WiMax’s first appearance, however, will take place in more public venues. Equipment meeting the standard will allow a new wave of small and medium-sized businesses to go wireless, abandoning the expensive T1 lines they currently rent from local or regional phone companies. New Wi-Fi base stations designed to connect to the Internet via WiMax could also create mobile-computing hot spots in places without phone lines – think the Great Lawn in Central Park. And WiMax networks could extend broadband Internet access to poor regions that currently have none.

WiMax – an acronym for Worldwide Interoperability for Microwave Access – is little more than a long list of technical specifications intended to ensure that wireless equipment from different vendors can interoperate at high speeds. Also known as 802.16, the specifications have been under development since the 1990s as an alternative to technologies such as Ethernet and Wi-Fi. A single WiMax transmitter will transmit voice, video, and data signals across distances of up to 50 kilometers (assuming an unobstructed line of sight) at rates as high as 70 megabits per second – enough to support about 60 businesses at T1 speeds, or hundreds of homes at DSL speeds.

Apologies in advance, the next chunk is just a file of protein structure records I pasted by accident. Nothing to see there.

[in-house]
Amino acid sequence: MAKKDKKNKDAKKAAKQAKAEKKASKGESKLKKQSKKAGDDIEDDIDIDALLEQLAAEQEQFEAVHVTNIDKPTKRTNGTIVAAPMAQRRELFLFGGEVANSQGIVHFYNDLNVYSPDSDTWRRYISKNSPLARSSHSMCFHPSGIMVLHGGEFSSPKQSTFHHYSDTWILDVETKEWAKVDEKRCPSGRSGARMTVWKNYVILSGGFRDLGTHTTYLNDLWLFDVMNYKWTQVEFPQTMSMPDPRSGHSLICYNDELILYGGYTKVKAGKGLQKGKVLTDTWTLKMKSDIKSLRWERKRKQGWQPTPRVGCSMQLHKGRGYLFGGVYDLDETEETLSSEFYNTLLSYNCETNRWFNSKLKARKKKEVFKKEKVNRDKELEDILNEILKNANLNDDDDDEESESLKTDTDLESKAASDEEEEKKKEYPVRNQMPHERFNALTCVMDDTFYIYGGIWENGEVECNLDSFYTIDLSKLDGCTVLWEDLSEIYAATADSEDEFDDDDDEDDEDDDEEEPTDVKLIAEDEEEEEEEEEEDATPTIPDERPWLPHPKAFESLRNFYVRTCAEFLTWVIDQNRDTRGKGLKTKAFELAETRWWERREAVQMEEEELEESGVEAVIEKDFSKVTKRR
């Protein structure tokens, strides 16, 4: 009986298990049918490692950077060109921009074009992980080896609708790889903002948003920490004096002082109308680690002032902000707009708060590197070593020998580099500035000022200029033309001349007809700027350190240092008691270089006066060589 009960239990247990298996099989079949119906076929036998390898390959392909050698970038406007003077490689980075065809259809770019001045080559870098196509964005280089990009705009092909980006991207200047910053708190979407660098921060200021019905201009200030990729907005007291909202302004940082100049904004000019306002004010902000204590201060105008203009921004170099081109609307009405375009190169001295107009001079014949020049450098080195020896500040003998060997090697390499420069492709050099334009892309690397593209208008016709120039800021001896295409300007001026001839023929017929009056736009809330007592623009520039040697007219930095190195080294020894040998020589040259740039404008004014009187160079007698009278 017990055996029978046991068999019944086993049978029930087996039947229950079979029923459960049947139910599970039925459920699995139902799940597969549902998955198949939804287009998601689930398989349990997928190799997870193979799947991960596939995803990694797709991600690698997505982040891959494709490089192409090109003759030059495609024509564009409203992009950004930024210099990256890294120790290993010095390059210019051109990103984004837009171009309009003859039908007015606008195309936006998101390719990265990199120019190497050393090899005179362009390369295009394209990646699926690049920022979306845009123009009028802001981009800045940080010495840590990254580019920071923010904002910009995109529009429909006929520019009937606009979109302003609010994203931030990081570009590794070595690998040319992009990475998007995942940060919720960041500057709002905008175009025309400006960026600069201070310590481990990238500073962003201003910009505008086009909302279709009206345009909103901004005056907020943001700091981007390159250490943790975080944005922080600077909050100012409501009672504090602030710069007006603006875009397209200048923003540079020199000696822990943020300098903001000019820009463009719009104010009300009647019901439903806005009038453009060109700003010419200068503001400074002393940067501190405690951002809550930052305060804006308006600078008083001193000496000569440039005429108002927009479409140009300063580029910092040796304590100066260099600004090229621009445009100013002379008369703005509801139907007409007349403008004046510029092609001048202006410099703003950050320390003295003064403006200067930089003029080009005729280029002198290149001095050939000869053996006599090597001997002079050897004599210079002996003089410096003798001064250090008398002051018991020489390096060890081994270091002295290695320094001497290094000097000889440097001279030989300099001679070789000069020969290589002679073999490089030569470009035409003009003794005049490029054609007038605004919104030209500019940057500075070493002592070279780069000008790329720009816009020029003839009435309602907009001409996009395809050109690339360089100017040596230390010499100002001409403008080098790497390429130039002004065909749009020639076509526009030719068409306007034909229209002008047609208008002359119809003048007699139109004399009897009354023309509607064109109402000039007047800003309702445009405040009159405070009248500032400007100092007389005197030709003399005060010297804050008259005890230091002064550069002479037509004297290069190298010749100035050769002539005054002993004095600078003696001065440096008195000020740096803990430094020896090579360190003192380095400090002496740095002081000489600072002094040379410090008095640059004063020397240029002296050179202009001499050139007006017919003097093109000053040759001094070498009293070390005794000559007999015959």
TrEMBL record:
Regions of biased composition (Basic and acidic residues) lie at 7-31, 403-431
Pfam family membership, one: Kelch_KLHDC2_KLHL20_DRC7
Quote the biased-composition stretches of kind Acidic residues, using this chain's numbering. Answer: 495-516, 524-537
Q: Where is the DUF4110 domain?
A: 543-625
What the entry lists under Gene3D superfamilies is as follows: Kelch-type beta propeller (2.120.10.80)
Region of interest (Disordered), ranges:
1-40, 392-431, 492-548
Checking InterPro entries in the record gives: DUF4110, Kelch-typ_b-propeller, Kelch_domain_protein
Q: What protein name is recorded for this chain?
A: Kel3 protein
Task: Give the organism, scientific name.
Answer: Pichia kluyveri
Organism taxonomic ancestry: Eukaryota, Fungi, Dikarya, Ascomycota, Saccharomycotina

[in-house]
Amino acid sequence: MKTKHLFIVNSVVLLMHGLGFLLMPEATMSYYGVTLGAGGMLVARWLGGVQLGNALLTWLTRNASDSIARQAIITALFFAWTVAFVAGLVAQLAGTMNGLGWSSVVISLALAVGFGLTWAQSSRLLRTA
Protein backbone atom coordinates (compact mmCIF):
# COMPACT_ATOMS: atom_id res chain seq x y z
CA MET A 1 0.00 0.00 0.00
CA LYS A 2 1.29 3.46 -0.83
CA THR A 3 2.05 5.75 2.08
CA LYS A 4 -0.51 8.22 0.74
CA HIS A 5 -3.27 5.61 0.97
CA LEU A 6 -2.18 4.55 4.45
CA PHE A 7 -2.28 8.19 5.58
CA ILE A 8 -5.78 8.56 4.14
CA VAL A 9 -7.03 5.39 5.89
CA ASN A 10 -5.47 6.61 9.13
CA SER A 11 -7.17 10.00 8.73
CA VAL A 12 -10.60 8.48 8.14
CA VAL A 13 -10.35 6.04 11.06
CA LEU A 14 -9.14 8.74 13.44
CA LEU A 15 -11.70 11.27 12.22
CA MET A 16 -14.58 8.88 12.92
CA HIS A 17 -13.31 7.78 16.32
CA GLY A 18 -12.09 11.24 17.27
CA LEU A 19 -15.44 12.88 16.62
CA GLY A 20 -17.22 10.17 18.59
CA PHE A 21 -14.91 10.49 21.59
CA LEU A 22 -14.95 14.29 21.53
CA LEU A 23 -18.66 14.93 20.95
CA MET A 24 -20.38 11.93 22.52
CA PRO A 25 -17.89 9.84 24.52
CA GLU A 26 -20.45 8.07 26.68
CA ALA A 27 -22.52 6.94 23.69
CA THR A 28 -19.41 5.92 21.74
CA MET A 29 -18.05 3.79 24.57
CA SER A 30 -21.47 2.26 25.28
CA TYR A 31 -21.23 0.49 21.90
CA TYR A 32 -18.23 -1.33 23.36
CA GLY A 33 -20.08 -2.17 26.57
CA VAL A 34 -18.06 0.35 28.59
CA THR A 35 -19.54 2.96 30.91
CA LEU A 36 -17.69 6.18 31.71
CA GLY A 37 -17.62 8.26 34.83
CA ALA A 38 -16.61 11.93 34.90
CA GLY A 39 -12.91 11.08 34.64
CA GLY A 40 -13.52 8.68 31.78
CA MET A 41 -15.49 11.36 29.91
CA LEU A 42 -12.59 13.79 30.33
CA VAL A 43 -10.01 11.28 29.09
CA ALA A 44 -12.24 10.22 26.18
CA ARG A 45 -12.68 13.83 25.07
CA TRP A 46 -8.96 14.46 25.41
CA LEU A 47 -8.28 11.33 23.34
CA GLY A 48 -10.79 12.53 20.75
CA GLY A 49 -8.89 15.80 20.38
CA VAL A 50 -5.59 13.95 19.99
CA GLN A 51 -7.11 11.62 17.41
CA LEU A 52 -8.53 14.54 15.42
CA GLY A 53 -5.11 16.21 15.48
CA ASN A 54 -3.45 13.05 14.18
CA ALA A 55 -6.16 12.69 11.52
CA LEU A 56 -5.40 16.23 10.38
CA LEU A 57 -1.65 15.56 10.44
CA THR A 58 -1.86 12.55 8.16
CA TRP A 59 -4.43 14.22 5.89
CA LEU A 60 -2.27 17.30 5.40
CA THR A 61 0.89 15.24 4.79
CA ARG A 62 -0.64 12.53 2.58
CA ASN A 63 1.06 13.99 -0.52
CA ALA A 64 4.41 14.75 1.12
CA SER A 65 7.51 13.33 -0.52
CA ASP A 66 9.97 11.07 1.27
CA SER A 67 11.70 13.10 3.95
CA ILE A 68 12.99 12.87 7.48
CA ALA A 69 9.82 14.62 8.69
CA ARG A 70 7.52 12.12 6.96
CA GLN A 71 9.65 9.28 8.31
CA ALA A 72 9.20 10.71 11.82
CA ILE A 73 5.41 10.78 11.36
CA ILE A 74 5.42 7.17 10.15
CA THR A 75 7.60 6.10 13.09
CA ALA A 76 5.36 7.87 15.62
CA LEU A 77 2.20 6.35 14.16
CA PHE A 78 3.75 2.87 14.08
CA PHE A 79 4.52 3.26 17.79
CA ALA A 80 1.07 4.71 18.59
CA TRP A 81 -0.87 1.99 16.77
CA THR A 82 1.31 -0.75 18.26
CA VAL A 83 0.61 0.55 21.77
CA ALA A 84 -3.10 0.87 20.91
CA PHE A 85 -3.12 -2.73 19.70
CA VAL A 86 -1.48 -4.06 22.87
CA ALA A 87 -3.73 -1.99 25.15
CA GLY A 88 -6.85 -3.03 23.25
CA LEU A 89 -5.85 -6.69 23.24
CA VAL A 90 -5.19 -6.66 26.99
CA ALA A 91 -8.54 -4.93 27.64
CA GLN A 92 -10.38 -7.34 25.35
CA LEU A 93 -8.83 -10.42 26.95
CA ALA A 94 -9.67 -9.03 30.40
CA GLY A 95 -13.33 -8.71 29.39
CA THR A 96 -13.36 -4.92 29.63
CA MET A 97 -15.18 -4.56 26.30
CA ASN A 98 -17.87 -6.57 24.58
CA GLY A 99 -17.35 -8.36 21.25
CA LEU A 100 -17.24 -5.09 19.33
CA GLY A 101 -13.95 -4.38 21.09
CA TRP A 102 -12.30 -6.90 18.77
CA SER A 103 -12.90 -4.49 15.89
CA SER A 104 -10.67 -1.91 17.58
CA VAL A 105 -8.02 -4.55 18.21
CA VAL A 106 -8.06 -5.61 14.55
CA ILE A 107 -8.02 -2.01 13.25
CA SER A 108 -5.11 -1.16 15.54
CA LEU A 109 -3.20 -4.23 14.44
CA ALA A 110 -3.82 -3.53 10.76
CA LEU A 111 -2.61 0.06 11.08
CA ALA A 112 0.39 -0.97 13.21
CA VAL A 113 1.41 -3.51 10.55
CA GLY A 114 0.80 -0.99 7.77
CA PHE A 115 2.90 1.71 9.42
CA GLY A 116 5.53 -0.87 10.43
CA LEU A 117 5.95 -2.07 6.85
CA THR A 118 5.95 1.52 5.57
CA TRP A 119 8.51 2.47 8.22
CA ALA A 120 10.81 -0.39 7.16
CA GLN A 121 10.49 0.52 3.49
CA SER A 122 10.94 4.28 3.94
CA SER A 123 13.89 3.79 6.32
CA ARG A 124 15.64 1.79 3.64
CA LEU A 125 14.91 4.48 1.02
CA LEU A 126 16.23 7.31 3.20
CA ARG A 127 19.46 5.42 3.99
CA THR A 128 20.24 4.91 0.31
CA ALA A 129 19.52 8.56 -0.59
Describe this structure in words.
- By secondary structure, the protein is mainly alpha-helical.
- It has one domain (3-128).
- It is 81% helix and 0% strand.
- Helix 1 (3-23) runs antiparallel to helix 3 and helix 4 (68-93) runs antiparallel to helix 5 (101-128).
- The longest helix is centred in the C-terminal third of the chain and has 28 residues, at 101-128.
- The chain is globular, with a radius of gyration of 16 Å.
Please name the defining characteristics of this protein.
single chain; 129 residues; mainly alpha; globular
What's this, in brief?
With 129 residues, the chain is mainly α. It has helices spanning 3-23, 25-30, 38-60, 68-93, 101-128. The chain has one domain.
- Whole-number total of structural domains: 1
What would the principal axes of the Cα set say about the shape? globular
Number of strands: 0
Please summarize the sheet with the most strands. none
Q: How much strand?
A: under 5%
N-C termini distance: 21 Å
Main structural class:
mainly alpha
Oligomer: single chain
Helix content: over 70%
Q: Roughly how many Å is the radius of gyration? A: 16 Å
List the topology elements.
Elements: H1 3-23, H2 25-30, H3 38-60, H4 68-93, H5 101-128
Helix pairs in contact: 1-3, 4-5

It was Intel’s announcement of a major push into WiMax technology in January 2004 that helped the standard emerge into the spotlight. The company’s Centrino initiative had already put Wi-Fi chips into millions of laptops. “After we did that, we began looking at whether you can cover full cities with Wi-Fi,” explains Scott Richardson, manager of Intel’s broadband wireless group. While it would be relatively simple to blanket an entire city with Wi-Fi hot spots, the company decided, such a patchwork would be difficult to administer and would operate over too narrow a frequency range to deliver sufficient amounts of data for future needs. “We came to the conclusion that Wi-Fi needed to evolve into more of a ‘carrier’ technology, deployed by a service provider, and needed to exploit a lot more spectrum options,” says Richardson. WiMax, which operates at greater distances and over a greater range of frequencies, turned out to be ideal.